Our results confirmed that spatial clustering of exemptions lead to underestimations of outbreak potential. To reproduce the large-scale outbreaks observed when exemptions were spatially clustered, population vaccination rates had to be reduced by ∼6% (from 92.2% to 86%) when exemptions were spatially random. Although an absolute difference of 6% may seem small, spatially clustered exemptions can generate large differences in outbreak potential when population vaccination is near levels required for herd immunity.24,39,40  Calculations used to estimate vaccine coverage necessary for herd immunity (eg, subtracting the inverse of the basic reproduction number from 1 (1 – 1/R 0)) usually assume homogenous vaccination and random mixing between contacts.40  These estimates do not capture the uneven risk for disease transmission created by the clustering of susceptible individuals.

Spatial clustering of susceptible individuals has implications for estimating vaccine coverage needed to prevent other viral outbreaks, including severe acute respiratory syndrome coronavirus 2. Current COVID-19 vaccination rates show stark, county-level differences in the United States, with lower coverage in many Southern states and rural areas.41,42  Lower vaccination rates in counties with greater socioeconomic vulnerability43  or communities that face other social, economic, or structural barriers to vaccination can increase risk of COVID-19 infections locally. The results presented here indicate that determining the level of population vaccination required to achieve herd immunity can be challenging when spatial disparities are present in vaccine coverage.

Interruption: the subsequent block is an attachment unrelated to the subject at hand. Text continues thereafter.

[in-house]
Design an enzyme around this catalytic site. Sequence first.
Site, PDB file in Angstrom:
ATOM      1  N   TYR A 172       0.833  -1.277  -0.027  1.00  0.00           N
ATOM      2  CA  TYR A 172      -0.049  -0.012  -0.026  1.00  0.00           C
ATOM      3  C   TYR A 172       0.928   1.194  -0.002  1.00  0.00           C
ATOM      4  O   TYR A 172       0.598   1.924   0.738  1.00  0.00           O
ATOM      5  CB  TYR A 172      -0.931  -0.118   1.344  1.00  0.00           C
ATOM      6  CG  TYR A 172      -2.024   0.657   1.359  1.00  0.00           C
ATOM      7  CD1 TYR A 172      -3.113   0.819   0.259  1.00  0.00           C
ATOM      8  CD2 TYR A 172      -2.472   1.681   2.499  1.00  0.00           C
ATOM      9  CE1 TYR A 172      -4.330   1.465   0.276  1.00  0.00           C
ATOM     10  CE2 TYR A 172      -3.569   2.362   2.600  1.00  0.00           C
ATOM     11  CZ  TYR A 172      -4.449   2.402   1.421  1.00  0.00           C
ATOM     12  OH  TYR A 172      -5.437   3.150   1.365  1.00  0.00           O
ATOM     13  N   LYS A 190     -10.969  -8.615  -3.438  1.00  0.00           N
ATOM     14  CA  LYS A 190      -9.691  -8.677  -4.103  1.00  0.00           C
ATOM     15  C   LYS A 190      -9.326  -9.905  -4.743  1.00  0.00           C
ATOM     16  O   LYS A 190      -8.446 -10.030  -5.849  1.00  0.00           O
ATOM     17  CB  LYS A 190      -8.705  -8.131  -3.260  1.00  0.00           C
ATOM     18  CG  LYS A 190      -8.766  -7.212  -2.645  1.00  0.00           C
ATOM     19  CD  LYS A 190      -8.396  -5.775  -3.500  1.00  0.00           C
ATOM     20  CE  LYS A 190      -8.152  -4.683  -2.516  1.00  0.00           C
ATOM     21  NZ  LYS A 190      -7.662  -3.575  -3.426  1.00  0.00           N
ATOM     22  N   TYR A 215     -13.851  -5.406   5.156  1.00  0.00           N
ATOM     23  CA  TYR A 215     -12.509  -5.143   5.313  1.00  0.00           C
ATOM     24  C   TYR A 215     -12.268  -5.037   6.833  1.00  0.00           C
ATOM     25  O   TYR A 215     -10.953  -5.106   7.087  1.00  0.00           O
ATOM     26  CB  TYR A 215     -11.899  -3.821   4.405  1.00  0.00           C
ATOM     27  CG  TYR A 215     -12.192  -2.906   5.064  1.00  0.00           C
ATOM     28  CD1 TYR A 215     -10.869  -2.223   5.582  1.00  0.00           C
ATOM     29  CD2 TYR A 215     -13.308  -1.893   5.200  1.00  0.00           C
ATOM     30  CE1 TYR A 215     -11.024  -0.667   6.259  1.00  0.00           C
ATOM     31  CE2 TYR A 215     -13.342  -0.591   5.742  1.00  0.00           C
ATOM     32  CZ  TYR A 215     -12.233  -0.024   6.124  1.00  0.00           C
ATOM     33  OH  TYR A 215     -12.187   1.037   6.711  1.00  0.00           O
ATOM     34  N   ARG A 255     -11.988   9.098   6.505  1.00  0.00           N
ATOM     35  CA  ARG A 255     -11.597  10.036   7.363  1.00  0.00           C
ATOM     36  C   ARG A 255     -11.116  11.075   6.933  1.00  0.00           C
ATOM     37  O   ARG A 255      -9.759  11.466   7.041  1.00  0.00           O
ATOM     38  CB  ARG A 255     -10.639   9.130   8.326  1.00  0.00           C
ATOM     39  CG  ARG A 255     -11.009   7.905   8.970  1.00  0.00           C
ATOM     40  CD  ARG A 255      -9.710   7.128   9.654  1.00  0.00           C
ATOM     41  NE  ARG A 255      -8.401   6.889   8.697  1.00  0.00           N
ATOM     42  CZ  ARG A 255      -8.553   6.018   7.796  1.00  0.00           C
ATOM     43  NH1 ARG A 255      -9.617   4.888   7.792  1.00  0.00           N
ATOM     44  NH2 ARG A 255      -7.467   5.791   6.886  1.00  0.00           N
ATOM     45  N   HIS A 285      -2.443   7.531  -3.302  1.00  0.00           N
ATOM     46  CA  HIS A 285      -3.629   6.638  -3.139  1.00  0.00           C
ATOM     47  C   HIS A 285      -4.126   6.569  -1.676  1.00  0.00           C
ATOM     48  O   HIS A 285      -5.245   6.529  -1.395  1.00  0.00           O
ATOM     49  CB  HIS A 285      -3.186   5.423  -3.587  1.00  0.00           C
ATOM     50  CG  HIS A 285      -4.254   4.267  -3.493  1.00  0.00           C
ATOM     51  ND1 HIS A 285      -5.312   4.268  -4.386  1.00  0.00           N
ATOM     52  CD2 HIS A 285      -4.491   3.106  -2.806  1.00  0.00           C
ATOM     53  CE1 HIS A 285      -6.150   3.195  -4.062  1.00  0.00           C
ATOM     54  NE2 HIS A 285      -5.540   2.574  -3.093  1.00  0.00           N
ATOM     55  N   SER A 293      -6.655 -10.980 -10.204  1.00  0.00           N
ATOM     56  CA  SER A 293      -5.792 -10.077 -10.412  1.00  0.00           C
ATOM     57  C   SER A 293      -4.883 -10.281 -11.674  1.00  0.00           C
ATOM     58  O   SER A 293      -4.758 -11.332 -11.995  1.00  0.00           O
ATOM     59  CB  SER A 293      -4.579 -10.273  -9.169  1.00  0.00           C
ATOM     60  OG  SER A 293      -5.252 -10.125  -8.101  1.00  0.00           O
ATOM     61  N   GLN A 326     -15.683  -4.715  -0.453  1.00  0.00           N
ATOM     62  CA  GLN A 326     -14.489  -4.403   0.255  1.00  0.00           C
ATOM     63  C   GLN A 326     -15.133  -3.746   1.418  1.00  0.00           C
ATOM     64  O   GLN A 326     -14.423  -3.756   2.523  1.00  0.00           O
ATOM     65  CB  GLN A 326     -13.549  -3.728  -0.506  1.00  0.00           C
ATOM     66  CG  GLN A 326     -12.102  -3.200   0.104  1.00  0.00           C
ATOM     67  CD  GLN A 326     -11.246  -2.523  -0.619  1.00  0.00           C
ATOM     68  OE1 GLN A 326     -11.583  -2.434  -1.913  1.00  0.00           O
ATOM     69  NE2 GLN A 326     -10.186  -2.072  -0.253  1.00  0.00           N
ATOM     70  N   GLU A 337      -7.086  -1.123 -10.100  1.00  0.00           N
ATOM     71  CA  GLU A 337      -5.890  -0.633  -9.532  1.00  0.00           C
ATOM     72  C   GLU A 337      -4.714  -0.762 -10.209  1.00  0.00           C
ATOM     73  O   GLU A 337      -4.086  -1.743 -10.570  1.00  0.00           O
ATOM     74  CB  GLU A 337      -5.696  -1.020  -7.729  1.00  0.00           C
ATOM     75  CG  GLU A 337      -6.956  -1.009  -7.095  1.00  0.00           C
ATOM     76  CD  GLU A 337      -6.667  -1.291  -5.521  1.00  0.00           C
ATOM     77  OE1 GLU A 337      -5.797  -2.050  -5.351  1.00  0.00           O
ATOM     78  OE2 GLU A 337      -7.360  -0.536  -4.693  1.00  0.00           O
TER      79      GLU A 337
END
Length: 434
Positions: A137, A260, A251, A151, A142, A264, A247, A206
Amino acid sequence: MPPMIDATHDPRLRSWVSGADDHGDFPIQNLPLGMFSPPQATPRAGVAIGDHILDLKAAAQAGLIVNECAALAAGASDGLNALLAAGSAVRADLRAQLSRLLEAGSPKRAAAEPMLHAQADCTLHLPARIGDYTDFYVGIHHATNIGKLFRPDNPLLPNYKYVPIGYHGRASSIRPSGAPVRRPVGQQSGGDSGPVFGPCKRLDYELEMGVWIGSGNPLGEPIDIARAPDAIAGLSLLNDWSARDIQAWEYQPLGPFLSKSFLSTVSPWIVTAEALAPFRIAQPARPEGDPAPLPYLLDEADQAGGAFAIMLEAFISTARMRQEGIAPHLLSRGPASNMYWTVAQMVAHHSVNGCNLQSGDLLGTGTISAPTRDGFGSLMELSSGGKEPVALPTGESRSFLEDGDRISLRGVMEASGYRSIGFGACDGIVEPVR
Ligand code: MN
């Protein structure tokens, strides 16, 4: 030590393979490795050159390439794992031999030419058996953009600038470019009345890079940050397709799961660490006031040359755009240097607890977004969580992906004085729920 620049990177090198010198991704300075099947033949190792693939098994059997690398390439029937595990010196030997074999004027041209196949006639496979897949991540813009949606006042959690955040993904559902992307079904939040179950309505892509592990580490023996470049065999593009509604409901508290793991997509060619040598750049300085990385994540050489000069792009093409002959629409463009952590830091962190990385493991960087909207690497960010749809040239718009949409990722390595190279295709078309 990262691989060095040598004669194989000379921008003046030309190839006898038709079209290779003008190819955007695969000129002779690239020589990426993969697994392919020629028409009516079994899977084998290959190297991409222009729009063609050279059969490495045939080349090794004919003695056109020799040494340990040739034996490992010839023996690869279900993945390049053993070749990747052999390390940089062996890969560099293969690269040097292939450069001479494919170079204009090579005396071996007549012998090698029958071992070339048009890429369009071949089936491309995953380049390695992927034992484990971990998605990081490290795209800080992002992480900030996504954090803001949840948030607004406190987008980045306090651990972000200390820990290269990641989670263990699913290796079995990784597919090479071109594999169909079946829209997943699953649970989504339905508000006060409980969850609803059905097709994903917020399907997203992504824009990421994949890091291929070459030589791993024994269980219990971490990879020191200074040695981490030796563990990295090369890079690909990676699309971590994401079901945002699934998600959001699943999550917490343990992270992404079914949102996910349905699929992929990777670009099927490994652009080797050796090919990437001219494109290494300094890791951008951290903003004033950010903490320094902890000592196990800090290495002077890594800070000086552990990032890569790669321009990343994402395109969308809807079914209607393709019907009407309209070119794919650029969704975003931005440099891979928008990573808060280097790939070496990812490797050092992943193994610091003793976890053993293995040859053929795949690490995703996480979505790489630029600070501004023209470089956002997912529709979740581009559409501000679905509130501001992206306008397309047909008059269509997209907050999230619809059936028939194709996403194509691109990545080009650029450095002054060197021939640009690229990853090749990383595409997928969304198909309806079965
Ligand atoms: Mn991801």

This work has several limitations. First, the simulation results presented here provide a general illustration of consequences of clustering of vaccine exemptions rather than a definitive statement on measles outbreak risk. Simulation models are stylized representations of populations with built-in behavioral and biological assumptions which cannot capture the real-world complexity of social interaction. Yet, these studies can help model dynamic trajectories of disease transmission and isolate effects using counterfactual scenarios unable to be observed in the real world.44  Second, our data did not contain information on MMR vaccination status; children with exemptions may have been unvaccinated, partially vaccinated, or fully vaccinated against measles. Previous research has shown, however, that MMR coverage was relatively low among children with PBEs in California in 2009, particularly in schools with high PBE rates.45  Third, because our goal was to estimate potential for measles outbreaks rather than examine effects of intervention strategies,30  we allowed transmission to spread through the population without interventions. Mitigation strategies would have been deployed in real-world outbreaks.